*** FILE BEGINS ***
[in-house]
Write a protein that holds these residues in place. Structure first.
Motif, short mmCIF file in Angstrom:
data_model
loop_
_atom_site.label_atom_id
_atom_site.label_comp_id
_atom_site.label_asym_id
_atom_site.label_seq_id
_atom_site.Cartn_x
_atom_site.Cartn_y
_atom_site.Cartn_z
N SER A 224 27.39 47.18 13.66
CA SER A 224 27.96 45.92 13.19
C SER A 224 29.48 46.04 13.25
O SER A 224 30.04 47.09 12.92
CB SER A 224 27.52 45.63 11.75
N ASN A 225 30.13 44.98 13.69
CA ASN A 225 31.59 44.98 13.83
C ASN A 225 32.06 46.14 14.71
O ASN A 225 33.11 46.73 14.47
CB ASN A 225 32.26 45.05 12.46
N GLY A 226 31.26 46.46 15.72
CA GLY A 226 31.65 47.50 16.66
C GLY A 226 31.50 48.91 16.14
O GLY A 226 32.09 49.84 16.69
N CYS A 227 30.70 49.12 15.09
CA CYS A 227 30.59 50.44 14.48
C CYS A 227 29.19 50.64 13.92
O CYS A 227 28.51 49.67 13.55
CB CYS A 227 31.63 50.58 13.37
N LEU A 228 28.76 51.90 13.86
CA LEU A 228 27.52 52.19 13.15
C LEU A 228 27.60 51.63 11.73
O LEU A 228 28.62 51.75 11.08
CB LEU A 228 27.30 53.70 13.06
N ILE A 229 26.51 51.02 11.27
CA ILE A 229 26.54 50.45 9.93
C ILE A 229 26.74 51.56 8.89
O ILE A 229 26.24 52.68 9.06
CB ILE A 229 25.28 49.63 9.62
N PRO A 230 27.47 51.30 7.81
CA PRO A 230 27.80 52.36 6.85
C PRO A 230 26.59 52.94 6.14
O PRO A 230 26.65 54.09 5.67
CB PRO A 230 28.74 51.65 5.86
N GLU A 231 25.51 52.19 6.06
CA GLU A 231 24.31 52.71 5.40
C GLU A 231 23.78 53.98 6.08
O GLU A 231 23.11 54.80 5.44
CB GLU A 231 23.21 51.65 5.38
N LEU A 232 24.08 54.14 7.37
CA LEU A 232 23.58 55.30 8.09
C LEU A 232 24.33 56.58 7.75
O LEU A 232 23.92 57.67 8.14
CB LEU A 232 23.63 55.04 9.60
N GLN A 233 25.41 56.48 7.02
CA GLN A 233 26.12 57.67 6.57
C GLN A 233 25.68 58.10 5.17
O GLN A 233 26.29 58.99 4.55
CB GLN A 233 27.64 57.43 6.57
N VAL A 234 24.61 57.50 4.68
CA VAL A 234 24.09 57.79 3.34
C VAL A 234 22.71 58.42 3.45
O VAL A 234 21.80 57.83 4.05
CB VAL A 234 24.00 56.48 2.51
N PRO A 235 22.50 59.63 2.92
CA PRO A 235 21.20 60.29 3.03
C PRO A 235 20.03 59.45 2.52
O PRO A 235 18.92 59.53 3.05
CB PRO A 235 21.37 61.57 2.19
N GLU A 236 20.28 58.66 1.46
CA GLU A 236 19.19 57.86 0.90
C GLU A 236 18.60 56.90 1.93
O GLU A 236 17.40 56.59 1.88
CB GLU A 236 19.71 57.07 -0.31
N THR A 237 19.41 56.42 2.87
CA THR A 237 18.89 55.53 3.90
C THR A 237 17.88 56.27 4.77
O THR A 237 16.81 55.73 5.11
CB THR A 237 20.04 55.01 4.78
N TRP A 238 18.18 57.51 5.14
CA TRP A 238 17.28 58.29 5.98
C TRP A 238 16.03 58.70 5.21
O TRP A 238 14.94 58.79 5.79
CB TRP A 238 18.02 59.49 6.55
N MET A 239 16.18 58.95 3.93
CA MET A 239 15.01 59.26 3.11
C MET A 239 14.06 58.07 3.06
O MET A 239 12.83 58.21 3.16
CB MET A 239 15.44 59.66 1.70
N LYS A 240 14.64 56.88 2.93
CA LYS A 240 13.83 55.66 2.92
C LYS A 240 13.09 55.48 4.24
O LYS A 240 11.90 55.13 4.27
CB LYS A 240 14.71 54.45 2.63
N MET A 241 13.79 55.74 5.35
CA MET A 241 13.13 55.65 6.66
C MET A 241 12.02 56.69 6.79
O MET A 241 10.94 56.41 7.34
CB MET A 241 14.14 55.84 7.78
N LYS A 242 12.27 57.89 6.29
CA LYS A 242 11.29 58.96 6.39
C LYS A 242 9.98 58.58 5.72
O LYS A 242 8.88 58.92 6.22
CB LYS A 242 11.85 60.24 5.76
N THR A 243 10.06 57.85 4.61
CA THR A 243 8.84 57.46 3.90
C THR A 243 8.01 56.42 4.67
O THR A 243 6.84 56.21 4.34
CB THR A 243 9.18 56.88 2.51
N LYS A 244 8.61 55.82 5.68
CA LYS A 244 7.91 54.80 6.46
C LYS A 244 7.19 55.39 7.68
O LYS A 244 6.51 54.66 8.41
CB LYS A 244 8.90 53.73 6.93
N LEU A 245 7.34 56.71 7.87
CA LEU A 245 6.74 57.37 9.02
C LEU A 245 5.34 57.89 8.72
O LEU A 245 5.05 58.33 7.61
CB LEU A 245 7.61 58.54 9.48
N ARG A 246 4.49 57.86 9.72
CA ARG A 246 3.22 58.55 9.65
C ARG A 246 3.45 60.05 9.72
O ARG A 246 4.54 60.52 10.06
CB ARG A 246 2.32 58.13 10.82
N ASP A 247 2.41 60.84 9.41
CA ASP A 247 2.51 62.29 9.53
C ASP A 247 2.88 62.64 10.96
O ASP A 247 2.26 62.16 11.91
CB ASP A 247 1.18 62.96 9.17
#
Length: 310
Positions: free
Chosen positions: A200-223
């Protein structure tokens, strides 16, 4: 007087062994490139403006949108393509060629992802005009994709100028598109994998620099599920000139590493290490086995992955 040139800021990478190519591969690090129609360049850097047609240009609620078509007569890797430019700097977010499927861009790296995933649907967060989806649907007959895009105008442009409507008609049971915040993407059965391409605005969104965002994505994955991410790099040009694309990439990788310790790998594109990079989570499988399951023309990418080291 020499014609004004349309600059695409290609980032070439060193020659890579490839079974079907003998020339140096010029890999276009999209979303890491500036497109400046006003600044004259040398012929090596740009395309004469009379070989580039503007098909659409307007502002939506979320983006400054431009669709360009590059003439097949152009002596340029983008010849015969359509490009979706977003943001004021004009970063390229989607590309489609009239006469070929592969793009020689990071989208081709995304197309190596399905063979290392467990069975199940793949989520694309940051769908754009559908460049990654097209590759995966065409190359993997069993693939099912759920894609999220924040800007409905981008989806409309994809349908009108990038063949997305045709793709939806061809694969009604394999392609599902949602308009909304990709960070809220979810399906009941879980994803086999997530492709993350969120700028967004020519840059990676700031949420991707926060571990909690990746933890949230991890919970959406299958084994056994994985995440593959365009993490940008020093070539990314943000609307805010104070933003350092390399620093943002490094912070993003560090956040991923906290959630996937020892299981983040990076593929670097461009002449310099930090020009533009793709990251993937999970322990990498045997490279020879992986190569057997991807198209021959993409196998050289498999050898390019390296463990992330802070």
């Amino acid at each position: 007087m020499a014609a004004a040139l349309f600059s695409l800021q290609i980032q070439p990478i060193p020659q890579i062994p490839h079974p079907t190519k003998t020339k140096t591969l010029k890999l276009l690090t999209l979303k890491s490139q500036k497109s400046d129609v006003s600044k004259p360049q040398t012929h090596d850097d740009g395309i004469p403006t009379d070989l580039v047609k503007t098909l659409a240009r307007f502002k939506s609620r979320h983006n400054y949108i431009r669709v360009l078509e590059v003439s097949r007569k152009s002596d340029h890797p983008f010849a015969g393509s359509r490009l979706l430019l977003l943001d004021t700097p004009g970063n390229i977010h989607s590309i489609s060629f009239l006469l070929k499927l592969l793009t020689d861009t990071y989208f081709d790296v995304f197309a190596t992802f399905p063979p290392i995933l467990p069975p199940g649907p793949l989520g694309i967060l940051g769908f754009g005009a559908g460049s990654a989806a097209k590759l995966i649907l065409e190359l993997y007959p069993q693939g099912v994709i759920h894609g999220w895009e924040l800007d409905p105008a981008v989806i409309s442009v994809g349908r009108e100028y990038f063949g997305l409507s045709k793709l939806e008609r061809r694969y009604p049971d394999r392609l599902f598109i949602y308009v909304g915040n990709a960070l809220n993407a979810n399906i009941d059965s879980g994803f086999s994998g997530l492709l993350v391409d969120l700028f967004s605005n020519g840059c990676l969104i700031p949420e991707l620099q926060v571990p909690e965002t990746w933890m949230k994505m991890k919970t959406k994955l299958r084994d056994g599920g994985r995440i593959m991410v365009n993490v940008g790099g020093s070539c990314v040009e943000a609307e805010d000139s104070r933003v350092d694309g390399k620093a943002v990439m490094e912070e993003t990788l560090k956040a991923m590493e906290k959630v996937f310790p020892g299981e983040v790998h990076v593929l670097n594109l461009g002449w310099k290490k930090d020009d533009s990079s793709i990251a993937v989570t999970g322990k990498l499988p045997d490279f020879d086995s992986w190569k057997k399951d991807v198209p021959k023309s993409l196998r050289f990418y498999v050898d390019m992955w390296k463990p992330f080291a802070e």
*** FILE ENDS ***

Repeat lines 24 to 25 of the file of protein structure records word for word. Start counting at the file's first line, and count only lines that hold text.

CA GLY A 226 31.65 47.50 16.66
C GLY A 226 31.50 48.91 16.14